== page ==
Hardly a day goes by without another bar opinion or court decision dealing with ethical issues in the use of technology, particularly social media. Lawyers need help in assimilating and digesting this deluge of information. Of course, that is why we created www.technethics.com, where we strive to post major pronouncements dealing with ethics and technology.
One recent post is particularly noteworthy to me because it deals with a document that seeks to digest a large number of authorities and to provide guidelines to lawyers in the use of social media. I am referring to the Social Media Ethics Guidelines of the New York State Bar Association (Commercial and Federal Litigation Section) (Updated at June 9, 2015).
The Guidelines are divided into five sections:
- Attorney Advertising,
- Furnishing Legal Advice Through Social Media,
- Review and Use of Evidence Through Social Media,
- Ethically Communicating with Clients,
- Researching Social Media Profiles and Posts of Jurors and Reporting Juror Misconduct.
Each of the sections has specific guidelines with commentary and citations to relevant authorities, both in New York and other jurisdictions. Several of the guidelines were particularly interesting to me.
Guideline 1C provides that lawyers are responsible for monitoring their social media profiles and blogs for compliance with ethical requirements. If a third person posts ethically improper conduct on the lawyer’s website, the lawyer must remove it or ask the poster to remove the offending material.
Guideline 2C appears to prohibit lawyers from giving specific legal advice through social media because such advice may create an attorney-client relationship or disclose confidential information. Apparently, the Guidelines envision a social media contact leading to personal or private communication between the lawyer and the prospective or actual client.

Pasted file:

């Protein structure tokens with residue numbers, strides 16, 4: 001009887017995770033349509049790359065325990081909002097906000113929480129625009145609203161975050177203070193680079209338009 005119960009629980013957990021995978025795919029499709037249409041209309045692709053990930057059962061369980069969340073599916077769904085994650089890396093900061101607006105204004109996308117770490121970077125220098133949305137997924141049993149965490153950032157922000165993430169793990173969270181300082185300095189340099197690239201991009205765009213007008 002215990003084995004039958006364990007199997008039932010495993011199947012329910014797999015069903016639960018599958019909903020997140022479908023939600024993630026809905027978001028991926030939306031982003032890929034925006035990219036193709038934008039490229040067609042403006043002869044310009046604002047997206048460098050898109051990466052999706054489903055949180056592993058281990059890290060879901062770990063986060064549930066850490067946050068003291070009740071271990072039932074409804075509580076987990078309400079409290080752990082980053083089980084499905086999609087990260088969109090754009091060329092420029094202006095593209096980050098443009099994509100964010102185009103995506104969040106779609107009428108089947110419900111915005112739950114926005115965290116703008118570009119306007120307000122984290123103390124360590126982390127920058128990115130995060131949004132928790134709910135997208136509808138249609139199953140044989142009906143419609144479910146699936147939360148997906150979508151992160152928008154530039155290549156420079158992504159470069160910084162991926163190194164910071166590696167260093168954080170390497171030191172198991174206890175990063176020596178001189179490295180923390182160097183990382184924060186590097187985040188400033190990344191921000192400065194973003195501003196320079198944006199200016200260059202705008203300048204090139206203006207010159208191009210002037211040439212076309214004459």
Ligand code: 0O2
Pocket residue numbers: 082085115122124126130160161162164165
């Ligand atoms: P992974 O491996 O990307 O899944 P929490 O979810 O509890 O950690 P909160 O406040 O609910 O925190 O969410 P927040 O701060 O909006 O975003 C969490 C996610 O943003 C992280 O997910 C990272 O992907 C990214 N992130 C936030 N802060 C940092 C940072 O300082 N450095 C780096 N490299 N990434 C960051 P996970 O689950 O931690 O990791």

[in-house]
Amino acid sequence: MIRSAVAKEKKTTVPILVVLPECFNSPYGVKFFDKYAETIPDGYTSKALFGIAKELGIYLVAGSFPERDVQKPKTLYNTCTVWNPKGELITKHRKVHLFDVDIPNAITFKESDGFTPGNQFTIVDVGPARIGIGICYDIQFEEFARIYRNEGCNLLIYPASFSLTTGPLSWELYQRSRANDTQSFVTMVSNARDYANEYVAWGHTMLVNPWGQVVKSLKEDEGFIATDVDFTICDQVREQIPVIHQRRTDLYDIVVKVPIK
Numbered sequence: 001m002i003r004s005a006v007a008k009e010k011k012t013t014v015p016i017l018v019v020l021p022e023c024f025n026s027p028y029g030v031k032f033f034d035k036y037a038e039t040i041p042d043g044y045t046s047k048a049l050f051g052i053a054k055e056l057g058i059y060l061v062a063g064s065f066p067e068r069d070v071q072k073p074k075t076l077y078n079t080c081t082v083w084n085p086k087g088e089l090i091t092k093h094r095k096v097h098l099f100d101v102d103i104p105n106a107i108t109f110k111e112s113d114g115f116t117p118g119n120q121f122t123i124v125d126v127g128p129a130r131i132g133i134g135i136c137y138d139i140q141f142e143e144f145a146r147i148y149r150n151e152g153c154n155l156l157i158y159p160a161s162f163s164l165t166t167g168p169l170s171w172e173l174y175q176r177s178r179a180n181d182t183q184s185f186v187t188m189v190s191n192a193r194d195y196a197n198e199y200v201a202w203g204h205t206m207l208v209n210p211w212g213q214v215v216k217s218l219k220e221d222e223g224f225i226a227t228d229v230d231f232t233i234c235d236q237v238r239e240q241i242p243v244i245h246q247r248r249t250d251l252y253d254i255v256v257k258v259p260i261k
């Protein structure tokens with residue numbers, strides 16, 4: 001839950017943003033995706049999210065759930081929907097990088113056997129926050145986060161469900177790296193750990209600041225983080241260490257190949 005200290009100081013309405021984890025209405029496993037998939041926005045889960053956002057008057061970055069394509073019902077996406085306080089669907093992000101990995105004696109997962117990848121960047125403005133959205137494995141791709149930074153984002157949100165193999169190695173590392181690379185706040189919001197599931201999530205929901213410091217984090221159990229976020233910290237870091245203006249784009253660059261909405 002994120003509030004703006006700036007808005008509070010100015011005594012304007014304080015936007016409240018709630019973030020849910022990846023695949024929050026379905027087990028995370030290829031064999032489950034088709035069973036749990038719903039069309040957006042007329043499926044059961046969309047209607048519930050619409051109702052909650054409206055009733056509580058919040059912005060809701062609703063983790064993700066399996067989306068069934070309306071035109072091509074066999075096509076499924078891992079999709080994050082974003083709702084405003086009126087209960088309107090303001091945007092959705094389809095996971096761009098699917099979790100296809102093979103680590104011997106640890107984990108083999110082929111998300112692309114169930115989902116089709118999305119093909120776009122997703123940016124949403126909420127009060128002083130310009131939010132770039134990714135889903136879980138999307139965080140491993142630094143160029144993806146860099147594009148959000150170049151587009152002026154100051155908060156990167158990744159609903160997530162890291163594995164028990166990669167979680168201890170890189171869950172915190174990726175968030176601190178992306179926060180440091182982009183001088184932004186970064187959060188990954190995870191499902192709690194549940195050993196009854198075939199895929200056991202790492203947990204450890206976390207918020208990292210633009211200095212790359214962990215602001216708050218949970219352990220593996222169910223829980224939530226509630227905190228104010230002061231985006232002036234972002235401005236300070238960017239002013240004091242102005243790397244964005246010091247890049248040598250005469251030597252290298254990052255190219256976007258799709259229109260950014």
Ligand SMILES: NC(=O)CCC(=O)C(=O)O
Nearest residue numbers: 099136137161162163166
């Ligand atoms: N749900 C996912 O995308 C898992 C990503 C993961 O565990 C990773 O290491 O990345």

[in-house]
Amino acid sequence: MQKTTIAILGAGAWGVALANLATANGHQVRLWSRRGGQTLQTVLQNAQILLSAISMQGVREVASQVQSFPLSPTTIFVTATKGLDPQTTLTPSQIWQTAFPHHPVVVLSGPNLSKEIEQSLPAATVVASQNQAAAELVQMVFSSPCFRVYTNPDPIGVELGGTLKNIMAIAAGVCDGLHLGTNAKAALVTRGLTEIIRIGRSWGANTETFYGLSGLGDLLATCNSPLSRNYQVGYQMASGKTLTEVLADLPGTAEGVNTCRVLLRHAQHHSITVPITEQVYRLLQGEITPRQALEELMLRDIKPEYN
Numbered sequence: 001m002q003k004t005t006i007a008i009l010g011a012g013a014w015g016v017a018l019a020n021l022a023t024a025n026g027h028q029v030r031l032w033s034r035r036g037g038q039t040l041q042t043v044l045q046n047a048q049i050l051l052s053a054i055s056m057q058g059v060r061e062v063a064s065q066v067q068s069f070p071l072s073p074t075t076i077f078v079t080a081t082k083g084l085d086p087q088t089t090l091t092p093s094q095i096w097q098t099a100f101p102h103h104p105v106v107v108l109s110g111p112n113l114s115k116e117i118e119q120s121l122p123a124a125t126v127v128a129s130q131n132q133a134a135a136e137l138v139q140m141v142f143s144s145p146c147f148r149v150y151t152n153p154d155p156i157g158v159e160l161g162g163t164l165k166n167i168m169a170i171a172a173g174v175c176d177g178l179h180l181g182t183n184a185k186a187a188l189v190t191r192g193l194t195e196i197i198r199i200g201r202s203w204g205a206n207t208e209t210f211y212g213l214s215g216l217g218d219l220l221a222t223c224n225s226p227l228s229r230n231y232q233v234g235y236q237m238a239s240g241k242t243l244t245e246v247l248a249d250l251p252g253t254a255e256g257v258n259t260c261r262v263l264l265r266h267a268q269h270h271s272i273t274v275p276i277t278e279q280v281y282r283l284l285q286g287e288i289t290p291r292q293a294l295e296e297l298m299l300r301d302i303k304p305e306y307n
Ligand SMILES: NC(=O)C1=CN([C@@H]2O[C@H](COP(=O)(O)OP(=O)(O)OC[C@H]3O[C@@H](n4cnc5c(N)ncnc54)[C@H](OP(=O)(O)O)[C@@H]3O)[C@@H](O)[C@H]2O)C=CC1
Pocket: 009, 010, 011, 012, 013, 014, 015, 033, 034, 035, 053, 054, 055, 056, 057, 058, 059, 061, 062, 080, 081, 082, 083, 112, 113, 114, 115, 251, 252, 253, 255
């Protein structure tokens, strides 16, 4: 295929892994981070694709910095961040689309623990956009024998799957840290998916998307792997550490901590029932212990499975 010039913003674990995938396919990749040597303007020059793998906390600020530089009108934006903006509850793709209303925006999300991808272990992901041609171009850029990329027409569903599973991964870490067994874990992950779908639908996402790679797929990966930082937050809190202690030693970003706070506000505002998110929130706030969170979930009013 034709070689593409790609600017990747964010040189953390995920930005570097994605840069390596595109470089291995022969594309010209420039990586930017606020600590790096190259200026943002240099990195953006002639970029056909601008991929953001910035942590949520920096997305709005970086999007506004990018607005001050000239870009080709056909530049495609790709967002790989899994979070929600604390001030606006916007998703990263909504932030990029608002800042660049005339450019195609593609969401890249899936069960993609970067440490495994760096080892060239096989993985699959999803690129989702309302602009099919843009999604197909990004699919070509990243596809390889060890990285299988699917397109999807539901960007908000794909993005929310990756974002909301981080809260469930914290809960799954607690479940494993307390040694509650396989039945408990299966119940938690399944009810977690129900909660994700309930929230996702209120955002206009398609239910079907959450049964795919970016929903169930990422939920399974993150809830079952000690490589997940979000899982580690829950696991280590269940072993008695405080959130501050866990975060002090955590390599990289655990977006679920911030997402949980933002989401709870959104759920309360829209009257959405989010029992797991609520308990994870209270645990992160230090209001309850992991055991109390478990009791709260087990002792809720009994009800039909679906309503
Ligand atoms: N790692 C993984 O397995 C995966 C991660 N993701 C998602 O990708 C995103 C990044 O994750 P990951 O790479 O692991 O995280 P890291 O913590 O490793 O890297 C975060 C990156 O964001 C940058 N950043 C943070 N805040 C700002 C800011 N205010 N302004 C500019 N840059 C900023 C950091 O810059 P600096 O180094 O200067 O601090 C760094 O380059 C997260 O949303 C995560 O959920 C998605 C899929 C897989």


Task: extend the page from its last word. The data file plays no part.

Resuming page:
With regard to evidence gathering, the Guidelines allow lawyers to review the public profile or posts of a person, even if that person is represented by counsel. However, the commentary goes on to note that if the represented person receives an automated notification of the lawyer’s review, the lawyer has committed an ethical violation by “communicating” with the person. Guidelines 3°. The ABA recently reached a difference decision on this issue in Formal Opinion 466. See also my article Using Social Media to Investigate Jurors. With regard to unrepresented people, the Guidelines allow lawyers to request permission to review restricted portions of their websites, but lawyers must make full disclosure of their identity and may not engage in deceit. Guideline 3B. Lawyers may not directly or through agents attempt to obtain access to restricted social media websites of represented persons. Guidelines 3C and 3D.
Lawyers have a general ethical obligation to competently represent their clients (ABA Model Rule 1.1) along with a duty to communicate to clients material information. ABA Model Rule 1.4. The Guidelines provide that lawyers may counsel clients about removing material from their social media websites so long as the advice does not violate statutory or common law. The Guidelines seem to authorize lawyers to advise clients to remove material from their social medial sites even when litigation is foreseeable so long as copies of the removed material are preserved. Guidelines 4A. Query whether a lawyer could counsel a client to remove material from websites or move material from public to private viewing after litigation has been filed and when a litigation hold has been issued?
The Guidelines prohibit lawyers from assisting clients in presenting through social medial false statements or in proffering such statements on the lawyer’s websites. Guidelines 4B and 4C.
Lawyers may review social material obtained by a client from a represented person, for example, when one spouse obtains information from the private portion of the other spouse’s social media sites, subject to some restrictions. Guideline 4D.
Lawyers may conduct social media research into prospective or sitting jurors. Guideline 5A. A lawyer may view the social media sites of jurors provided there is no communication, whether direct or automatic with the juror and provided the lawyer does not engage in deceit. Guidelines 5B and 5C. As said, Formal Opinion 466 reached a different result.
If a lawyer learns of juror misconduct by review of social media or otherwise, the lawyer must report the matter to the court. Guideline 5E.
For an analysis of ABA Opinion 466 and the issue of disclosure of juror misconduct, see Nathan M. Crystal, Using Social Media to Investigate Jurors, S.C. Law. 10 (July 2014) (details of the publication here). A podcast on Using Media to investigate Jurors here.
Full text of the Guidelines here.